A new study published in the on line journal Nature Medicine over the weekend brings exciting news in the race to find an AIDS vaccine. Researchers from the Centre for the AIDS Programme of Research in South Africa (CAPRISA) have found that a key change in the outer coating of the HIV virus allowed two HIV positive women to develop “broadly neutralizing antibodies,” which are antibodies that can be used to target and fight most strains of HIV.
The first broadly neutralizing antibodies were discovered over three years ago, and since then dozens more have been identified. But until now, researchers haven’t been able to pinpoint how they develop, which is critical to developing a vaccine. The new findings establish a link between a change in the virus after infection and the formulation of the antibodies that fight it.
According to Anthony Fauci, director of the National Institute of Allergy and Infectious Diseases, the study is “an important step in trying to understand just how these broadly neutralizing antibodies evolve.”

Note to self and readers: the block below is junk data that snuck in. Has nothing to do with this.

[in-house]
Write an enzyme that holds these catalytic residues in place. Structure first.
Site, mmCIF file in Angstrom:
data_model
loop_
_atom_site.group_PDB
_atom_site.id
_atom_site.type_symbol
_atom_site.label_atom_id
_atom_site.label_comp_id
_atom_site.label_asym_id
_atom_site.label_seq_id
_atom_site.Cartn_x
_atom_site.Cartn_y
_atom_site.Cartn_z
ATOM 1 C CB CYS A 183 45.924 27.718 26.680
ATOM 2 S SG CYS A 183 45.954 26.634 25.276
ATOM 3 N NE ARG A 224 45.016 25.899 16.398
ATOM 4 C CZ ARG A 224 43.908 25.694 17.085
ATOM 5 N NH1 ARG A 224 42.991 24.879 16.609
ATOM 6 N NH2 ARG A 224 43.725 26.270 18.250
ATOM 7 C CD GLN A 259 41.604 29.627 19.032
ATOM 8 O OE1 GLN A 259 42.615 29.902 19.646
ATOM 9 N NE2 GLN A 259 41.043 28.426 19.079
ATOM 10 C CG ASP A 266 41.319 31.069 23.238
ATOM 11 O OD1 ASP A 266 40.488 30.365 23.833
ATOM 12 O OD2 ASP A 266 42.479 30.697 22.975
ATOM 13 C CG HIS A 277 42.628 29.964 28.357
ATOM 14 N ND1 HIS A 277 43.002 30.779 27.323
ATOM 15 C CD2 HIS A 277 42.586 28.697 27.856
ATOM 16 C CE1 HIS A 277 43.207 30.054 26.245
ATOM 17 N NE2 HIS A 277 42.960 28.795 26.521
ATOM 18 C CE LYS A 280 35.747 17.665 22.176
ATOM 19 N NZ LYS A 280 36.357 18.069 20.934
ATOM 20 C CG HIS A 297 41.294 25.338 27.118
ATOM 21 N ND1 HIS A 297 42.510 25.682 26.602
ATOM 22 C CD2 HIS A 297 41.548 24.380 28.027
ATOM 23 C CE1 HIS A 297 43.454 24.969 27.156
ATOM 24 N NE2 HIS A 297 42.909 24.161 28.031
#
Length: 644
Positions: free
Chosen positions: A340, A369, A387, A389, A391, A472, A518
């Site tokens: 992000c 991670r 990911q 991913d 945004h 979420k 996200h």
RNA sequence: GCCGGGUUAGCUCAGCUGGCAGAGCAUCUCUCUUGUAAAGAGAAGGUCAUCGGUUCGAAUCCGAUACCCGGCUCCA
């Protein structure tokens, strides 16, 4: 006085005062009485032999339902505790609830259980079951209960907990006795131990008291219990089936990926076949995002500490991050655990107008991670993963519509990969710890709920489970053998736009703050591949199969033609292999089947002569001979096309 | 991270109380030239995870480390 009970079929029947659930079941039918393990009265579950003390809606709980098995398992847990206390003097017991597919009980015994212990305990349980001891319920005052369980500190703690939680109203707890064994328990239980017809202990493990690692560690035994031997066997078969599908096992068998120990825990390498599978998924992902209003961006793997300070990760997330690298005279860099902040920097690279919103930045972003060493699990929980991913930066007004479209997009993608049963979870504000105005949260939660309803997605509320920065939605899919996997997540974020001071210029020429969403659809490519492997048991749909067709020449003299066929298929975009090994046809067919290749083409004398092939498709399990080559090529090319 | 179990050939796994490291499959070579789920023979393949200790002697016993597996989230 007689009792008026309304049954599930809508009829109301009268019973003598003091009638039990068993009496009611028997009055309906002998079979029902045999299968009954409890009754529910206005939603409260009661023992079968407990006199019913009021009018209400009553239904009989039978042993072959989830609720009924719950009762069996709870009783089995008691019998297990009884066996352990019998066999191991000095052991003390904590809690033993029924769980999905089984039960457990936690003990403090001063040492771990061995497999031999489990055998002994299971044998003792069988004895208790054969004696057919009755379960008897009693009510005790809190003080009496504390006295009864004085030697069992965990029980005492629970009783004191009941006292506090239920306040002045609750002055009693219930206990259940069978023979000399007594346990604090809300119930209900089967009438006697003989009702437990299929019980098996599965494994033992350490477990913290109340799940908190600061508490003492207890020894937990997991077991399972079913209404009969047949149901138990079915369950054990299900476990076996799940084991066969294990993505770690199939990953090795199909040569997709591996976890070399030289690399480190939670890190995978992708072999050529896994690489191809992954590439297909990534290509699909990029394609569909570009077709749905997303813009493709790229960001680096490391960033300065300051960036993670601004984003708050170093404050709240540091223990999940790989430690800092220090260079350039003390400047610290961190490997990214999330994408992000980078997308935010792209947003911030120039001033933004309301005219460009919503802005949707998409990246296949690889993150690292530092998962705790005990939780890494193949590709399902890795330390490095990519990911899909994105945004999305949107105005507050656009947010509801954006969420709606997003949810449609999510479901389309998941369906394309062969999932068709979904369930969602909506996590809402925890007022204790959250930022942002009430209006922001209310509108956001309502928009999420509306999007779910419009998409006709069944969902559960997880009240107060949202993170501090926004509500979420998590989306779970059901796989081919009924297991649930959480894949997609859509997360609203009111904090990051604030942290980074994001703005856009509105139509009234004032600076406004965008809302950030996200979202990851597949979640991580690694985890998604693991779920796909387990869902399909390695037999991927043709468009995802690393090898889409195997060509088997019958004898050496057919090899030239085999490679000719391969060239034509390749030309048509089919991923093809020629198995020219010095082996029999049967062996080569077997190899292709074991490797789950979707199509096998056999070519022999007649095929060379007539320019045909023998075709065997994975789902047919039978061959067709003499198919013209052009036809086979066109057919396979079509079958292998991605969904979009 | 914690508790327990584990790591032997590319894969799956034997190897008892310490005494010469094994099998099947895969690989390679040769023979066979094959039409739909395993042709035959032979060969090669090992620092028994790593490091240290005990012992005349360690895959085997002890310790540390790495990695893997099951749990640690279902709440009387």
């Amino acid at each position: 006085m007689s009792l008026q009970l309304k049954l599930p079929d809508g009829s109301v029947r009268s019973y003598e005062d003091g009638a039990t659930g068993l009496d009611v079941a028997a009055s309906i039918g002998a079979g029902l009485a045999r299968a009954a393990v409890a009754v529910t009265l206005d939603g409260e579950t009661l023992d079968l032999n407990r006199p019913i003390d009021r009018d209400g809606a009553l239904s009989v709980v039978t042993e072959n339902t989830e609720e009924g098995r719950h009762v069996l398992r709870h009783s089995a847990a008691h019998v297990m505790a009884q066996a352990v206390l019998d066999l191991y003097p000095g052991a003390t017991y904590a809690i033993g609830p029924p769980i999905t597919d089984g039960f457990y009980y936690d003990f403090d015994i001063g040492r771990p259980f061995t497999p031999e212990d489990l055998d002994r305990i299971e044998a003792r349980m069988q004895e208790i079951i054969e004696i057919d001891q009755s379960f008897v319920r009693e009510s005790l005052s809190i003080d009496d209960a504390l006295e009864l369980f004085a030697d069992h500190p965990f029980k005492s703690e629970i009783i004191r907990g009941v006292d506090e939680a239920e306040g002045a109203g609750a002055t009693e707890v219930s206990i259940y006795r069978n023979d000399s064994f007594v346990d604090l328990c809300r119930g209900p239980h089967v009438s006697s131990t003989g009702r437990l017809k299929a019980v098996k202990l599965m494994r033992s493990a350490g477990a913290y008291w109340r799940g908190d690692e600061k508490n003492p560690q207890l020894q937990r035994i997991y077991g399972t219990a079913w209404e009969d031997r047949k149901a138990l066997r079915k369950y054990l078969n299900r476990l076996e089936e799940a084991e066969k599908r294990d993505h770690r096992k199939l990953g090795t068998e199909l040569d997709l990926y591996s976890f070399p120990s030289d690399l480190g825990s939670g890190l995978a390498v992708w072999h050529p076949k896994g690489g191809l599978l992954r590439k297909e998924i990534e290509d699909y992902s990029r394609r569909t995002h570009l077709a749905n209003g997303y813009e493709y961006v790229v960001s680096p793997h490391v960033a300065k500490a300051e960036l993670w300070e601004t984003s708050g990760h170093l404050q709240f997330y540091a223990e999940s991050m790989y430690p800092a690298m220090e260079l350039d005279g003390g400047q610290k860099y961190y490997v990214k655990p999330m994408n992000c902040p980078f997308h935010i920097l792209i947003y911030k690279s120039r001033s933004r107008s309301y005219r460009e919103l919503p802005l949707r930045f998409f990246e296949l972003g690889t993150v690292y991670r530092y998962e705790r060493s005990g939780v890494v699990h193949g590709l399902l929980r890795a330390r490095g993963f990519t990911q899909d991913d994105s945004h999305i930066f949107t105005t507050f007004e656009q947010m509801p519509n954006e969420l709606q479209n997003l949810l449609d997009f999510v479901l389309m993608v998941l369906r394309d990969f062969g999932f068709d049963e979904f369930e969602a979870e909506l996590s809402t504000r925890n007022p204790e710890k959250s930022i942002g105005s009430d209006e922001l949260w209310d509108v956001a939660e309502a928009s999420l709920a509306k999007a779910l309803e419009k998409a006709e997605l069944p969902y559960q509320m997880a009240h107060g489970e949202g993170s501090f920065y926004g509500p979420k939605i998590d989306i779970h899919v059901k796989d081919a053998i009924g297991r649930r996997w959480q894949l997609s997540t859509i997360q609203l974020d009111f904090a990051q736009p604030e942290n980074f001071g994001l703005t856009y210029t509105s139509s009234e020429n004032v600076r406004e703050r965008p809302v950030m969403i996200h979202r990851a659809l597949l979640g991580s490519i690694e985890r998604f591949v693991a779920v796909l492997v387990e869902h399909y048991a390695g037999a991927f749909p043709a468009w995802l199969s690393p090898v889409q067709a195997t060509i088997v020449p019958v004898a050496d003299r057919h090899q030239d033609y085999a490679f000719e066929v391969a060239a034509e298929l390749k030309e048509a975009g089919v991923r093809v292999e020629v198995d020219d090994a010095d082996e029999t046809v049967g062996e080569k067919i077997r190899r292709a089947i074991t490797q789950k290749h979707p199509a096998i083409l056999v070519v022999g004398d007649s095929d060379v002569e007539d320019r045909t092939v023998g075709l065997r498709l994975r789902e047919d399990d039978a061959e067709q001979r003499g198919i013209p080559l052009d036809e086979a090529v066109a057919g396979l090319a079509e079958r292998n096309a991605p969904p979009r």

This is very promising news, but it will most likely be a while before a vaccine is developed. According to experts at the International AIDS Vaccine Initiative, clinical trials based on broadly neutralizing antibodies are expected to begin in the next two to three years.
As a global leader in the response to the HIV/AIDS epidemic, FHI 360 is excited by the broadly neutralizing antibody findings. “This finding is a breakthrough in HIV/AIDS research and will add greatly to the gains that have been made in the last few years toward finding a vaccine,” said Tim Mastro, MD, FHI 360’s Group Director of Global Health, Population & Nutrition. “In the meantime, staff at FHI 360 will continue to work with the global HIV/AIDS community to implement HIV prevention, care and treatment programs, manage research and clinical trials, and develop innovative methods of HIV prevention.”
Click here to learn more about FHI 360’s work with HIV/AIDS.